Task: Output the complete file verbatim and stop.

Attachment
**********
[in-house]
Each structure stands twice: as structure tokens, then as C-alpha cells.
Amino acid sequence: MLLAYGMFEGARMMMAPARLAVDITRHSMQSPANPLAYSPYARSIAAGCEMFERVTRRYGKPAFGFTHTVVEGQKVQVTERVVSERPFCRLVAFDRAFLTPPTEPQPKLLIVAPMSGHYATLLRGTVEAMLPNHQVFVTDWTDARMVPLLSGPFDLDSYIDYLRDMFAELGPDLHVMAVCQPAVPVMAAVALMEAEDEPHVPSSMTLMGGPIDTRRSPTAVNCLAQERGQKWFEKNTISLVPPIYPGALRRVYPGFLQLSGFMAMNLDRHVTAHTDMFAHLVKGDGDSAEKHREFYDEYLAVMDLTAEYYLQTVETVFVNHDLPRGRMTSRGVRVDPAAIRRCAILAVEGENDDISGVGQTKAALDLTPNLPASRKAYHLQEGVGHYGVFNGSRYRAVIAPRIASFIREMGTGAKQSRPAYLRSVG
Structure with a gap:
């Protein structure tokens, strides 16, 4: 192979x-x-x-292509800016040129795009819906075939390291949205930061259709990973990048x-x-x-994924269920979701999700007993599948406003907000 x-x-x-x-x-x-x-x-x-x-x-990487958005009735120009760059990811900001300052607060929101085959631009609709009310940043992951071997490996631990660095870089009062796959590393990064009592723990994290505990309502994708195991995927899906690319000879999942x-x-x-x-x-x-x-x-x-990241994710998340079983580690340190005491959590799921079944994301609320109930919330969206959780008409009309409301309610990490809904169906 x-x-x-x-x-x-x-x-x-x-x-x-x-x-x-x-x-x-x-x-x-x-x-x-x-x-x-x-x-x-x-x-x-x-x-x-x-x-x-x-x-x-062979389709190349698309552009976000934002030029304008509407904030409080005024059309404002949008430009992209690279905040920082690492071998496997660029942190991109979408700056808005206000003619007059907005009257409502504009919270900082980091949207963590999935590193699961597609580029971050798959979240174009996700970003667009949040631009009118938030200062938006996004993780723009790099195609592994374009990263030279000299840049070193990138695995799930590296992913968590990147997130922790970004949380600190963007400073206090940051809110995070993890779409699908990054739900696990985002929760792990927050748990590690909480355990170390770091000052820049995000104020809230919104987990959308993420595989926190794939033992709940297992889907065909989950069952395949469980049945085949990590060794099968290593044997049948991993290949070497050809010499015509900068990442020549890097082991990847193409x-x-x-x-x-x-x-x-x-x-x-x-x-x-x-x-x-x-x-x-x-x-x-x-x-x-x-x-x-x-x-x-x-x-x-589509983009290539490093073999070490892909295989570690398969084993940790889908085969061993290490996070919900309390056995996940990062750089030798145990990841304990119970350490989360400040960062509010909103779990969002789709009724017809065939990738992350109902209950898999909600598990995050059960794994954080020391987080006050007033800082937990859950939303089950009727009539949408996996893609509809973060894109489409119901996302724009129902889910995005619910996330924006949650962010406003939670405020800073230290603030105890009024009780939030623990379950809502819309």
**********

[in-house]
Each structure stands twice: as structure tokens, then as C-alpha cells.
Amino acid sequence: MLLAYGMFEGARMMMAPARLAVDITRHSMQSPANPLAYSPYARSIAAGCEMFERVTRRYGKPAFGFTHTVVEGQKVQVTERVVSERPFCRLVAFDRAFLTPPTEPQPKLLIVAPMSGHYATLLRGTVEAMLPNHQVFVTDWTDARMVPLLSGPFDLDSYIDYLRDMFAELGPDLHVMAVCQPAVPVMAAVALMEAEDEPHVPSSMTLMGGPIDTRRSPTAVNCLAQERGQKWFEKNTISLVPPIYPGALRRVYPGFLQLSGFMAMNLDRHVTAHTDMFAHLVKGDGDSAEKHREFYDEYLAVMDLTAEYYLQTVETVFVNHDLPRGRMTSRGVRVDPAAIRRCAILAVEGENDDISGVGQTKAALDLTPNLPASRKAYHLQEGVGHYGVFNGSRYRAVIAPRIASFIREMGTGAKQSRPAYLRSVG
Structure with a gap:
């Protein structure tokens, strides 16, 4: 192979x-x-x-292509800016040129795009819906075939390291949205930061259709990973990048x-x-x-994924269920979701999700007993599948406003907000 x-x-x-x-x-x-x-x-x-x-x-990487958005009735120009760059990811900001300052607060929101085959631009609709009310940043992951071997490996631990660095870089009062796959590393990064009592723990994290505990309502994708195991995927899906690319000879999942x-x-x-x-x-x-x-x-x-990241994710998340079983580690340190005491959590799921079944994301609320109930919330969206959780008409009309409301309610990490809904169906 x-x-x-x-x-x-x-x-x-x-x-x-x-x-x-x-x-x-x-x-x-x-x-x-x-x-x-x-x-x-x-x-x-x-x-x-x-x-x-x-x-x-062979389709190349698309552009976000934002030029304008509407904030409080005024059309404002949008430009992209690279905040920082690492071998496997660029942190991109979408700056808005206000003619007059907005009257409502504009919270900082980091949207963590999935590193699961597609580029971050798959979240174009996700970003667009949040631009009118938030200062938006996004993780723009790099195609592994374009990263030279000299840049070193990138695995799930590296992913968590990147997130922790970004949380600190963007400073206090940051809110995070993890779409699908990054739900696990985002929760792990927050748990590690909480355990170390770091000052820049995000104020809230919104987990959308993420595989926190794939033992709940297992889907065909989950069952395949469980049945085949990590060794099968290593044997049948991993290949070497050809010499015509900068990442020549890097082991990847193409x-x-x-x-x-x-x-x-x-x-x-x-x-x-x-x-x-x-x-x-x-x-x-x-x-x-x-x-x-x-x-x-x-x-x-589509983009290539490093073999070490892909295989570690398969084993940790889908085969061993290490996070919900309390056995996940990062750089030798145990990841304990119970350490989360400040960062509010909103779990969002789709009724017809065939990738992350109902209950898999909600598990995050059960794994954080020391987080006050007033800082937990859950939303089950009727009539949408996996893609509809973060894109489409119901996302724009129902889910995005619910996330924006949650962010406003939670405020800073230290603030105890009024009780939030623990379950809502819309």